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    Senator covered up evidence of P.O.W.'s left behind
    When John Kerry's Courage Went M.I.A.
    by Sydney H. Schanberg
    February 24th, 2004 1:00 PM


    [​IMG]




    Related Articles:

    "Did America Abandon Vietnam War POWs?" by Sydney H. Schanberg

    "Follow the Microfiche" [​IMG]Vets Demonstrate Against 'Jane Fonda Kerry' on Park Ave ([​IMG] 2 min. 8 sec.)




    [​IMG]enator John Kerry, a decorated battle veteran, was courageous as a navy lieutenant in the Vietnam War. But he was not so courageous more than two decades later, when he covered up voluminous evidence that a significant number of live American prisoners—perhaps hundreds—were never acknowledged or returned after the war-ending treaty was signed in January 1973.

    The Massachusetts senator, now seeking the presidency, carried out this subterfuge a little over a decade ago— shredding documents, suppressing testimony, and sanitizing the committee's final report—when he was chairman of the Senate Select Committee on P.O.W./ M.I.A. Affairs.

    Over the years, an abundance of evidence had come to light that the North Vietnamese, while returning 591 U.S. prisoners of war after the treaty signing, had held back many others as future bargaining chips for the $4 billion or more in war reparations that the Nixon administration had pledged. Hanoi didn't trust Washington to fulfill its pro-mise without pressure. Similarly, Washington didn't trust Hanoi to return all the prisoners and carry out all the treaty provisions. The mistrust on both sides was merited. Hanoi held back prisoners and the U.S. provided no reconstruction funds.

    The stated purpose of the special Senate committee—which convened in mid 1991 and concluded in January 1993—was to investigate the evidence about prisoners who were never returned and find out what happened to the missing men. Committee chair Kerry's larger and different goal, though never stated publicly, emerged over time: He wanted to clear a path to normalization of relations with Hanoi. In any other context, that would have been an honorable goal. But getting at the truth of the unaccounted for P.O.W.'s and M.I.A.'s (Missing In Action) was the main obstacle to normalization—and therefore in conflict with his real intent and plan of action.

    Kerry denied back then that he disguised his real goal, contending that he supported normalization only as a way to learn more about the missing men. But almost nothing has emerged about these prisoners since diplomatic and economic relations were restored in 1995, and thus it would appear—as most realists expected—that Kerry's explanation was hollow. He has also denied in the past the allegations of a cover-up, either by the Pentagon or himself. Asked for comment on this article, the Kerry campaign sent a quote from the senator: "In the end, I think what we can take pride in is that we put together the most significant, most thorough, most exhaustive accounting for missing and former P.O.W.'s in the history of human warfare."

    What was the body of evidence that prisoners were held back? A short list would include more than 1,600 firsthand sightings of live U.S. prisoners; nearly 14,000 secondhand reports; numerous intercepted Communist radio messages from within Vietnam and Laos about American prisoners being moved by their captors from one site to another; a series of satellite photos that continued into the 1990s showing clear prisoner rescue signals carved into the ground in Laos and Vietnam, all labeled inconclusive by the Pentagon; multiple reports about unacknowledged prisoners from North Vietnamese informants working for U.S. intelligence agencies, all ignored or declared unreliable; persistent complaints by senior U.S. intelligence officials (some of them made publicly) that live-prisoner evidence was being suppressed; and clear proof that the Pentagon and other keepers of the "secret" destroyed a variety of files over the years to keep the P.O.W./M.I.A. families and the public from finding out and possibly setting off a major public outcry.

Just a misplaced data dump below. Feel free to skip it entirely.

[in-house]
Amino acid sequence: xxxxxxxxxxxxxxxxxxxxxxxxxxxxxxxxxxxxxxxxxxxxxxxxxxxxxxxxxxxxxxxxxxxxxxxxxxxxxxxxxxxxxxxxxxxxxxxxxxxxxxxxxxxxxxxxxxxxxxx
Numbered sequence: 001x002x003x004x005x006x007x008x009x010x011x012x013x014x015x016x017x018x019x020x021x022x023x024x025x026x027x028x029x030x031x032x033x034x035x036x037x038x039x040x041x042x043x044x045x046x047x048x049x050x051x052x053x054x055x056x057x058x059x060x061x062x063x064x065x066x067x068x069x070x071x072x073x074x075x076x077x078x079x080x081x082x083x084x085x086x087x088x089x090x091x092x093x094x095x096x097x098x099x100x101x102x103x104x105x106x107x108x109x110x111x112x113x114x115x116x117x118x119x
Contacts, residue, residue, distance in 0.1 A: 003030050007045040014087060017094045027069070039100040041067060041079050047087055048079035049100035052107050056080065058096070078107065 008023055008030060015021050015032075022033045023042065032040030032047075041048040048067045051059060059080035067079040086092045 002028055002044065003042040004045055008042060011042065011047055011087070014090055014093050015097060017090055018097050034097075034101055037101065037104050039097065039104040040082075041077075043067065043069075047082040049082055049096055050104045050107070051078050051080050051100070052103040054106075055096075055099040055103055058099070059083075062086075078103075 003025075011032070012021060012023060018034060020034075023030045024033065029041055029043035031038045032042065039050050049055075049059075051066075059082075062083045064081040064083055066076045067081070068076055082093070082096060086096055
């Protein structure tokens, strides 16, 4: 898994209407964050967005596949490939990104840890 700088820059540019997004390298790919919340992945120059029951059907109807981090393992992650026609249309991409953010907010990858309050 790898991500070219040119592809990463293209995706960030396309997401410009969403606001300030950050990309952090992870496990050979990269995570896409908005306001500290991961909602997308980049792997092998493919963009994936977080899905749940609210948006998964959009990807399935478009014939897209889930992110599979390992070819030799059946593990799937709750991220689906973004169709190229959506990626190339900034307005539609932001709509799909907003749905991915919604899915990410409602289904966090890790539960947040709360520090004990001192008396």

The resignation of Colonel Millard Peck in 1991, the first year of the Kerry committee's tenure, was one of many vivid landmarks in this saga's history. Peck had been the head of the Pentagon's P.O.W./M.I.A. office for only eight months when he resigned in disgust. In his damning departure statement, he wrote: "The mind-set to 'debunk' is alive and well. It is held at all levels . . . Practically all analysis is directed to finding fault with the source. Rarely has there been any effective, active follow-through on any of the sightings . . . The sad fact is that . . . a cover-up may be in progress. The entire charade does not appear to be an honest effort and may never have been."

    Finally, Peck said: "From what I have witnessed, it appears that any soldier left in Vietnam, even inadvertently, was in fact abandoned years ago, and that the farce that is being played is no more than political legerdemain done with 'smoke and mirrors' to stall the issue until it dies a natural death."





    What did Kerry do in furtherance of the cover-up? An overview would include the following: He allied himself with those carrying it out by treating the Pentagon and other prisoner debunkers as partners in the investigation instead of the targets they were supposed to be. In short, he did their bidding. When Defense Department officials were coming to testify, Kerry would have his staff director, Frances Zwenig, meet with them to "script" the hearings—as detailed in an internal Zwenig memo leaked by others. Zwenig also advised North Vietnamese officials on how to state their case. Further, Kerry never pushed or put up a fight to get key government documents unclassified; he just rolled over, no matter how obvious it was that the documents contained confirming data about prisoners. Moreover, after promising to turn over all committee records to the National Archives when the panel concluded its work, the senator destroyed crucial intelligence information the staff had gathered—to to keep the documents from becoming public. He refused to subpoena past presidents and other key witnesses.